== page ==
So I have a bunch of clips from which I want to make a compilation. Some are in .mov format and some in .mp4 format, some are high crisp quality and some are lower quality. I am making tests with 6 clips (i have over 60 clips) to see which settings give me the best quality. By best quality I mean NOT downgrading the high quality clips, and keeping the lower quality clips as they are. My 6 clips make 176mb but when I export, the quality of the HD clips is gone and the file size often goes higher than 176mb which doesn’t make sense.
As export settings I am using the youtube preset (.mp4, h264, aac) and I have tested many different settings from changing quality % and GOP, interpolation and deinterlace etc…
I can’t find the right settings that will keep the quality of the clips as they are while also keeping approximately the same file size.
Bonjour, Voici un raisonnement tout simple. J’ai 2 clips de 30 secondes, un de haute qualité qui fait 100 Mo et un de mauvaise qualité qui fait 20 Mo. Total 120 Mo pour 1 minute de vidéo. Je veux faire une compilation des 2.
Au lancement de Shotcut je choisis une haute qualité (30 secondes donnent 100 Mo), j’obtiens donc un fichier vidéo d’une minute qui pèse 200 Mo. Le fichier de haute qualité conserve sa qualité, mais celui de mauvaise qualité n’a pas été amélioré par Shotcut.
Au lancement de Shotcut je choisis une mauvaise qualité (30 secondes donnent 20 Mo), j’obtiens donc un fichier vidéo d’une minute qui pèse 40 Mo. Le fichier de mauvaise qualité conserve sa qualité, mais celui de bonne qualité a forcément perdu en qualité.
En conclusion, au lancement de Shotcut, choisissez la qualité que vous souhaitez et laissez le faire en choisissant le mode automatique.
Here is a very simple reasoning.
I have 2 clips of 30 seconds, one high quality which is 100MB and one low quality which is 20MB. Total 120MB for 1 minute of video. I want to make a compilation of the 2.
When I launch Shotcut I choose high quality (30 seconds is 100 MB), so I get a one minute video file that weighs 200 MB. The high quality file retains its quality, but the low quality file has not been enhanced by Shotcut, it is still of poor quality.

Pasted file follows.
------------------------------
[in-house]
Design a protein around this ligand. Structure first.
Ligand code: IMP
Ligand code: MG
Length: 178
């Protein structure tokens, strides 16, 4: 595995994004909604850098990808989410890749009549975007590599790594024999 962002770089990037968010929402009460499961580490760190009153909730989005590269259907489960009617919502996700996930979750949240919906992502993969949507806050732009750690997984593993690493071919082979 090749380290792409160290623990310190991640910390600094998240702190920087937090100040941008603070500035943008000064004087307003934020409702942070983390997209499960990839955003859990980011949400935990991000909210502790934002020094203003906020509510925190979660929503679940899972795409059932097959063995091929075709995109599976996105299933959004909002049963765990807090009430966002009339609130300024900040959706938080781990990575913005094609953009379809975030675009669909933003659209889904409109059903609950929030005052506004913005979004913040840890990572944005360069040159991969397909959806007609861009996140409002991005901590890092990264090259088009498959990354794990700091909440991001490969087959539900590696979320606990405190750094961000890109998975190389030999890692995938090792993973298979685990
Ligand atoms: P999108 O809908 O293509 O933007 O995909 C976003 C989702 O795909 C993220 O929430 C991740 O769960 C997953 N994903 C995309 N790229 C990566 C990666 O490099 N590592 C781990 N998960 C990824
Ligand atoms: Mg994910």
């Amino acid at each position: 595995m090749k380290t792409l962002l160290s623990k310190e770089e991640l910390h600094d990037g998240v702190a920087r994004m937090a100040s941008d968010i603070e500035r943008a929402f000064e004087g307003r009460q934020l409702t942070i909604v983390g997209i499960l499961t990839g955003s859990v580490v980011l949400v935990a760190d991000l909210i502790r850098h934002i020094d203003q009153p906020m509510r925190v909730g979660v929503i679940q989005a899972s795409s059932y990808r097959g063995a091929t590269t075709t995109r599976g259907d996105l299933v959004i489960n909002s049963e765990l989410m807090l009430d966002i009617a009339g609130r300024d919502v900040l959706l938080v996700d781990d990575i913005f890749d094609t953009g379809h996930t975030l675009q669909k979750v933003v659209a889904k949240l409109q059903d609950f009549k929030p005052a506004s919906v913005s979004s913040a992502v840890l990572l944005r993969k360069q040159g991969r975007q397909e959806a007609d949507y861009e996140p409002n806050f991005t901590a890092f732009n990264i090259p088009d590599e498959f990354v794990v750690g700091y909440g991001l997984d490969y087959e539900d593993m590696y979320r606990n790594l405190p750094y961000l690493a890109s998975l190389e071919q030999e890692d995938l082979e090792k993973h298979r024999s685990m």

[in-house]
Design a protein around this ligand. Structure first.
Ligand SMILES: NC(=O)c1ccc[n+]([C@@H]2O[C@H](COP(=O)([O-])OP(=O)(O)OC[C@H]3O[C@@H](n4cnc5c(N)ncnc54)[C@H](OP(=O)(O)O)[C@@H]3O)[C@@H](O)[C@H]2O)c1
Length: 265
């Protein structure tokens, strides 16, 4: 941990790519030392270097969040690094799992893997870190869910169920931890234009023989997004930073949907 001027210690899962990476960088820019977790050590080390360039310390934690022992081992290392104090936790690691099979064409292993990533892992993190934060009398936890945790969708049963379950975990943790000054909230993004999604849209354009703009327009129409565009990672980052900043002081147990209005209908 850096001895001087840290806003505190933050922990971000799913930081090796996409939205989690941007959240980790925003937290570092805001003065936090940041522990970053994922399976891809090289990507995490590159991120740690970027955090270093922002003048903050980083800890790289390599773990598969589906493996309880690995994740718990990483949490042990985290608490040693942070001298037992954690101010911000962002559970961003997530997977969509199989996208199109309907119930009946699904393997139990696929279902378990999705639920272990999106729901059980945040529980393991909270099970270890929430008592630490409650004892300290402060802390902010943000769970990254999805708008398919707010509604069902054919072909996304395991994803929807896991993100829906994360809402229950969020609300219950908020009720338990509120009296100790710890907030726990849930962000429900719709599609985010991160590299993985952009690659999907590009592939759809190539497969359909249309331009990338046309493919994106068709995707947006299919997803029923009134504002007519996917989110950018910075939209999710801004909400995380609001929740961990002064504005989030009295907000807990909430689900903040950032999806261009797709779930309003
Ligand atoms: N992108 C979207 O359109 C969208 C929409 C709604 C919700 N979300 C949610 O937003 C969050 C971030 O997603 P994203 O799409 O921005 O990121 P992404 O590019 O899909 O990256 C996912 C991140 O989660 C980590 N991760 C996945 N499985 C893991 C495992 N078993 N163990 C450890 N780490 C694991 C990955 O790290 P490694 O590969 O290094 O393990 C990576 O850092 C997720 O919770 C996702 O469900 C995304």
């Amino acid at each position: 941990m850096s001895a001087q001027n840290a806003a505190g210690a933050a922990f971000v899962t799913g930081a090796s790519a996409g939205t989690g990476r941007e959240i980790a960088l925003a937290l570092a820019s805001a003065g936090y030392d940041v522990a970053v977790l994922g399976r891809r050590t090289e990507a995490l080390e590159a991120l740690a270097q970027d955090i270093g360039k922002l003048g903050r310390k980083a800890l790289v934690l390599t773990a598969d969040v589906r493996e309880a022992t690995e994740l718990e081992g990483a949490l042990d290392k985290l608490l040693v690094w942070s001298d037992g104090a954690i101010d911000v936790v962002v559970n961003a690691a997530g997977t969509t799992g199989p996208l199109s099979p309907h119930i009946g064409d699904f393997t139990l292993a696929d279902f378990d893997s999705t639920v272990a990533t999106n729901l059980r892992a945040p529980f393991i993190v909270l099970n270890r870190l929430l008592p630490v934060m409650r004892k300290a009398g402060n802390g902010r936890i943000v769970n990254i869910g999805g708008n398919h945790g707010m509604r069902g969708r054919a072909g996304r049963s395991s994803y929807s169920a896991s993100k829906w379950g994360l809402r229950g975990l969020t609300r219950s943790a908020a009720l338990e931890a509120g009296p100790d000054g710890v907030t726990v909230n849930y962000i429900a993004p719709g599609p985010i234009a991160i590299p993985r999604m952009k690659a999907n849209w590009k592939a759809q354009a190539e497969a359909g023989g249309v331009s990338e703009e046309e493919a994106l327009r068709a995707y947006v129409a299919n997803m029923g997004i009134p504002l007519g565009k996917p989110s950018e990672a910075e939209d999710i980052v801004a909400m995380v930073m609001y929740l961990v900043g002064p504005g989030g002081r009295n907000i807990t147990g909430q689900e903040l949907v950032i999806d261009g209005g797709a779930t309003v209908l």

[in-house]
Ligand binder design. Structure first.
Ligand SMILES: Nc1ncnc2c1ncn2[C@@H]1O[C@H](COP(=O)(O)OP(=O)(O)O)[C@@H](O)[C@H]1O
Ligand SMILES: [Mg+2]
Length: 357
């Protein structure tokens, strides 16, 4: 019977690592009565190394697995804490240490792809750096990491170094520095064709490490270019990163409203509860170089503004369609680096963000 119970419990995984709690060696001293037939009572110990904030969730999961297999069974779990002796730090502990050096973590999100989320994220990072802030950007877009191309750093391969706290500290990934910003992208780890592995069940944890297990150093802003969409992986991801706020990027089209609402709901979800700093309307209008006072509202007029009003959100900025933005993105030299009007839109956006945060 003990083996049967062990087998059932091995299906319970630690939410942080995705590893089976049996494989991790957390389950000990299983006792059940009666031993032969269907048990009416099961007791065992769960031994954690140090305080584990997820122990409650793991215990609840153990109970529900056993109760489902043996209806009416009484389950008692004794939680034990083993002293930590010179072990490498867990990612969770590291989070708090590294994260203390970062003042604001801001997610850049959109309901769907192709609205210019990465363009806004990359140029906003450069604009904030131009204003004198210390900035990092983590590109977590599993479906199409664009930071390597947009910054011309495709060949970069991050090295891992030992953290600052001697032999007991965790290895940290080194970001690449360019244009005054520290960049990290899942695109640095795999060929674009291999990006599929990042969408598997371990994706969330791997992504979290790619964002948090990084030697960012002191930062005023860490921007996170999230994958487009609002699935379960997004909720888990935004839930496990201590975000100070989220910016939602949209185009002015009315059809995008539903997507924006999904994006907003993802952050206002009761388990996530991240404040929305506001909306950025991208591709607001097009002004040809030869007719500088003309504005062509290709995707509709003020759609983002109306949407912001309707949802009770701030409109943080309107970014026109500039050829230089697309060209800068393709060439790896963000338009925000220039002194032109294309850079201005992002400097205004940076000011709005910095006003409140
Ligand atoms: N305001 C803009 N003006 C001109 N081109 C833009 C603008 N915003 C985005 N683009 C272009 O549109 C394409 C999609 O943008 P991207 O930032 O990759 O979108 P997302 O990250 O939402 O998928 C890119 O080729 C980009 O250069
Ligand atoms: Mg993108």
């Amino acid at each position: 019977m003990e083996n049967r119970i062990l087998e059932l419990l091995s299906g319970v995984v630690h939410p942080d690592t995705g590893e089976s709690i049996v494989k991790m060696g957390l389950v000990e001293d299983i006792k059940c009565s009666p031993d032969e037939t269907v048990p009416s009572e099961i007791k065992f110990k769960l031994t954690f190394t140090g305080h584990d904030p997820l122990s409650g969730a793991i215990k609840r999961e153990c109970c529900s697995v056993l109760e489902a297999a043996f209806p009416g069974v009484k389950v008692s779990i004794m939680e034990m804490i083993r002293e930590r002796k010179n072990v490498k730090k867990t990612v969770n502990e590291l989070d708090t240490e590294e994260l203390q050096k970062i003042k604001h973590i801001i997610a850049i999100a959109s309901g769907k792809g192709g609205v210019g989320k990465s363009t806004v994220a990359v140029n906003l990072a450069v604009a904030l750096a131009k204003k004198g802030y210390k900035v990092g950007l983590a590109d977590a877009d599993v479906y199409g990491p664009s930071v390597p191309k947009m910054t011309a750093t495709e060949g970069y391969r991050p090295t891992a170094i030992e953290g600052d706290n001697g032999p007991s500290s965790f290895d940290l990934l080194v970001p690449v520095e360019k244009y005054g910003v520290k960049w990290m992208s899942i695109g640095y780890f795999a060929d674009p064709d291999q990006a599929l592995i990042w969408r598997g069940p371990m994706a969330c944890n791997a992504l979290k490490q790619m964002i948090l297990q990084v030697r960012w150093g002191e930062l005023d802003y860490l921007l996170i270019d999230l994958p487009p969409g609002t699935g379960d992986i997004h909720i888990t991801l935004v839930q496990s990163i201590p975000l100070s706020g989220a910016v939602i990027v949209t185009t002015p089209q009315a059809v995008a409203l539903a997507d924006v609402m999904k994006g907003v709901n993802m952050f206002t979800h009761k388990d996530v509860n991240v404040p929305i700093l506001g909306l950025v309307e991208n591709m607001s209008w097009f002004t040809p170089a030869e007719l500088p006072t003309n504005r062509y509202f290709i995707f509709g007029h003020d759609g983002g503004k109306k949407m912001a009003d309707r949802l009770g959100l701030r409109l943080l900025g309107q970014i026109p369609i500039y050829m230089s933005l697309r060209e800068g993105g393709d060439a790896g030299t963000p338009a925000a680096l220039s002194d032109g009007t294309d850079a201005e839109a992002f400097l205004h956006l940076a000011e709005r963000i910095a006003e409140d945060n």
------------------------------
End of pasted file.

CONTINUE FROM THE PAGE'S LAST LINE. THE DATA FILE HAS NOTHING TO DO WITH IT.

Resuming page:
When I launch Shotcut I choose a bad quality (30 seconds is 20 MB), so I get a one-minute video file that weighs 40 MB. The bad quality file retains its quality, but the good quality one has necessarily lost as.
In conclusion, when launching Shotcut, choose the quality you want and let it be by choosing the automatic mode.
Are these .mov files encoded as H.265/HEVC from a phone or camera? If so, that’s a major reason for the file size difference. The input files are using a higher compression (efficiency) codec than the export codec (H.264). So the output would have to be a larger file size to maintain equal quality because it is not equally good at compressing video.
Well that but also lossy + lossy = less quality for the same size. One needs to also carefully compare resolution of source with Video Mode in Shotcut (and not by increasing Export > Video > Resolution).
I have no idea, what the YouTube-Preset does.
Choose a video mode which fits the highest quality clips you have (resolution and frame rate)
Create your project
Export with those settings:
Deinterlacer & Interpolation: Best quality
GOP: Half of frame rate (so 15 for 29.97/30 fps or 30 for 59.94/60)
Check the box that says “fixed”
Set the CRF/quality setting as high as possible. I suggest at least 16 for good quality, although this depends on many factors. (Attention: lower number=higher quality!)
Audio: Whatever you prefer but keep in mind that the AAC encoder used here isn’t the best out there. For this reason I prefer Opus.
On the last tab, change the preset from whatever it’s set to (usually “fast” or “medium” but depends on other settings) to “slower” to get the best motion detection. (this will increase export times a lot, but it’s usually worth it, especially on videos with a lot of movement)
That’s it. There should be no visible difference in quality if you export with those settings (and choose at least 16 for the CRF value).
edit I just saw that you’re trying to keep the file size also. You have to play with the CRF value then, because with 16 or lower you will end up with a much higher bitrate (and therefore also filesize).
More Infos here: Encode/H.264 – FFmpeg
AFAIK Shotcut can’t enhance the quality of lower quality clips. All you can do is interpolate to a higher resolution. If you want to enhance the quality artificially you would have to use some other software.